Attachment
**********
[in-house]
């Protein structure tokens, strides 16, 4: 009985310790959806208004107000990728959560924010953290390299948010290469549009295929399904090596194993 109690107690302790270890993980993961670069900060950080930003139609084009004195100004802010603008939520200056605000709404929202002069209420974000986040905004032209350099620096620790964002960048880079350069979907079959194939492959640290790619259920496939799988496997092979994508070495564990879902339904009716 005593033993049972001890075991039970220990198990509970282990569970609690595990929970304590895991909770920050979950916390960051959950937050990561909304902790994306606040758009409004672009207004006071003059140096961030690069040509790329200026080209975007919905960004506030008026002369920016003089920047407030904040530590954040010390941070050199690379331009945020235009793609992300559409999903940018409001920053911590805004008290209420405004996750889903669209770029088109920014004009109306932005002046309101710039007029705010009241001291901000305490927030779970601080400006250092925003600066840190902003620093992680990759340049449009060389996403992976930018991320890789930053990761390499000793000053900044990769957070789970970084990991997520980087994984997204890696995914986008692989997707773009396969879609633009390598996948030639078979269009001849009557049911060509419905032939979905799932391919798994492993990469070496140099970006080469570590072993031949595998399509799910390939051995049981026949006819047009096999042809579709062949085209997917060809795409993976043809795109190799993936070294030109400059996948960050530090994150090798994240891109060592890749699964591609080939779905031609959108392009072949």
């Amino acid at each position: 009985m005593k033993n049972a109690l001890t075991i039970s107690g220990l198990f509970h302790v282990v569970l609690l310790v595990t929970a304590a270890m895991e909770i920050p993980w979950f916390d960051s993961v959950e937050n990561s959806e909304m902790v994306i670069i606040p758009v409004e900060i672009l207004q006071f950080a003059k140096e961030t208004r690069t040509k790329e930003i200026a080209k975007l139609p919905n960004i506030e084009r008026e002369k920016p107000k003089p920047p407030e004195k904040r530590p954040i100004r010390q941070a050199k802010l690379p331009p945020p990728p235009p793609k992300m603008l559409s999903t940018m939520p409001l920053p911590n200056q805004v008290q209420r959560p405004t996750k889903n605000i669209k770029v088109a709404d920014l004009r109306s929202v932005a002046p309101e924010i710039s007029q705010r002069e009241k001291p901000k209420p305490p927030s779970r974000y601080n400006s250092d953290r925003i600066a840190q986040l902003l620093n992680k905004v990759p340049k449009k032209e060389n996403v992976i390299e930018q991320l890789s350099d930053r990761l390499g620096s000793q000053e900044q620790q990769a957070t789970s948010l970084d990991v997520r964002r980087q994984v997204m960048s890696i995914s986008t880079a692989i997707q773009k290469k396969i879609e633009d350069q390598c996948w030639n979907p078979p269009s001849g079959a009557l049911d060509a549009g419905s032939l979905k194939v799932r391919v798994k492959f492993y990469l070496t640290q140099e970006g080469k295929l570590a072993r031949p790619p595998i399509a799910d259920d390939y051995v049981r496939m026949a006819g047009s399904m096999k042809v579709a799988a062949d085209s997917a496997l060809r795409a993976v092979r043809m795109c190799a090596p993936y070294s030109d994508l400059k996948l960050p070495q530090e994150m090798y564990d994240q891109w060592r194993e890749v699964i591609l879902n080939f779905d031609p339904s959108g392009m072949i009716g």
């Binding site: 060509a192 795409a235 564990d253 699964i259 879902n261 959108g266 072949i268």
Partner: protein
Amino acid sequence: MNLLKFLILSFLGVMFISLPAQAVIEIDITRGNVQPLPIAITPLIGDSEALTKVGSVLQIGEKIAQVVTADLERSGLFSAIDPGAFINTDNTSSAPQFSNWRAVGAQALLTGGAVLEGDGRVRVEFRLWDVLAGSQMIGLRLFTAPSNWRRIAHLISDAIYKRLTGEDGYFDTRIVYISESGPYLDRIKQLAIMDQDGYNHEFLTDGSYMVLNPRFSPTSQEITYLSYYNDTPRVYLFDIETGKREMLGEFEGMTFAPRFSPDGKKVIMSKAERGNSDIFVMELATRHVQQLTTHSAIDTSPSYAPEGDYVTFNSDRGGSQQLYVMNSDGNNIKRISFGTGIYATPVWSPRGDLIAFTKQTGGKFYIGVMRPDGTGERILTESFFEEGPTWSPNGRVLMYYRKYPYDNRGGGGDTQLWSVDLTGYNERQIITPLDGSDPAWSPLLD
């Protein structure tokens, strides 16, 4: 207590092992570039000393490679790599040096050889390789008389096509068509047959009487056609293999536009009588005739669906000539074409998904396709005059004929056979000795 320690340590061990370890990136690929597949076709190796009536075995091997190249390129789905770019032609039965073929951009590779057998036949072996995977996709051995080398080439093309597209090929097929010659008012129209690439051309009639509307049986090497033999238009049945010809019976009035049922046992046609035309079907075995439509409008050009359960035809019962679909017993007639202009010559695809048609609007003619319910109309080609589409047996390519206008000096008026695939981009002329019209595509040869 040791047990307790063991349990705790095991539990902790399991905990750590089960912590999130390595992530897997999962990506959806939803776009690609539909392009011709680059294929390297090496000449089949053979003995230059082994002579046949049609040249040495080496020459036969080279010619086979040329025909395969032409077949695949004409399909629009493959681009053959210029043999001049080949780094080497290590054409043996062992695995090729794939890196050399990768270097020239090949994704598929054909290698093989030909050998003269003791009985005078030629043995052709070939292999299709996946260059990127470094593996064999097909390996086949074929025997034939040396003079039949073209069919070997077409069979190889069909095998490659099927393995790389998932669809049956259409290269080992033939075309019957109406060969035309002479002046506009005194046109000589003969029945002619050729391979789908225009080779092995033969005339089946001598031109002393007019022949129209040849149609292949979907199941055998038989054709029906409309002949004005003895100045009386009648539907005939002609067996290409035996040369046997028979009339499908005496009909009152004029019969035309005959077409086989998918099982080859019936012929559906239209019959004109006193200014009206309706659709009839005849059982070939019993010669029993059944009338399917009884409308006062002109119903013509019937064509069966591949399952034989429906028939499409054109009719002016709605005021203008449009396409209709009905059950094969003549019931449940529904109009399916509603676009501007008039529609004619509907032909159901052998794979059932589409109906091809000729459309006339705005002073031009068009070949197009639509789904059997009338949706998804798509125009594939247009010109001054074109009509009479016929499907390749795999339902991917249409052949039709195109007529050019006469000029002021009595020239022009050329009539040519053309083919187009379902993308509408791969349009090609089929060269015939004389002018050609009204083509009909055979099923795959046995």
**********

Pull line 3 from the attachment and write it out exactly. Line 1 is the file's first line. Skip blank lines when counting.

């Amino acid at each position: 009985m005593k033993n049972a109690l001890t075991i039970s107690g220990l198990f509970h302790v282990v569970l609690l310790v595990t929970a304590a270890m895991e909770i920050p993980w979950f916390d960051s993961v959950e937050n990561s959806e909304m902790v994306i670069i606040p758009v409004e900060i672009l207004q006071f950080a003059k140096e961030t208004r690069t040509k790329e930003i200026a080209k975007l139609p919905n960004i506030e084009r008026e002369k920016p107000k003089p920047p407030e004195k904040r530590p954040i100004r010390q941070a050199k802010l690379p331009p945020p990728p235009p793609k992300m603008l559409s999903t940018m939520p409001l920053p911590n200056q805004v008290q209420r959560p405004t996750k889903n605000i669209k770029v088109a709404d920014l004009r109306s929202v932005a002046p309101e924010i710039s007029q705010r002069e009241k001291p901000k209420p305490p927030s779970r974000y601080n400006s250092d953290r925003i600066a840190q986040l902003l620093n992680k905004v990759p340049k449009k032209e060389n996403v992976i390299e930018q991320l890789s350099d930053r990761l390499g620096s000793q000053e900044q620790q990769a957070t789970s948010l970084d990991v997520r964002r980087q994984v997204m960048s890696i995914s986008t880079a692989i997707q773009k290469k396969i879609e633009d350069q390598c996948w030639n979907p078979p269009s001849g079959a009557l049911d060509a549009g419905s032939l979905k194939v799932r391919v798994k492959f492993y990469l070496t640290q140099e970006g080469k295929l570590a072993r031949p790619p595998i399509a799910d259920d390939y051995v049981r496939m026949a006819g047009s399904m096999k042809v579709a799988a062949d085209s997917a496997l060809r795409a993976v092979r043809m795109c190799a090596p993936y070294s030109d994508l400059k996948l960050p070495q530090e994150m090798y564990d994240q891109w060592r194993e890749v699964i591609l879902n080939f779905d031609p339904s959108g392009m072949i009716g």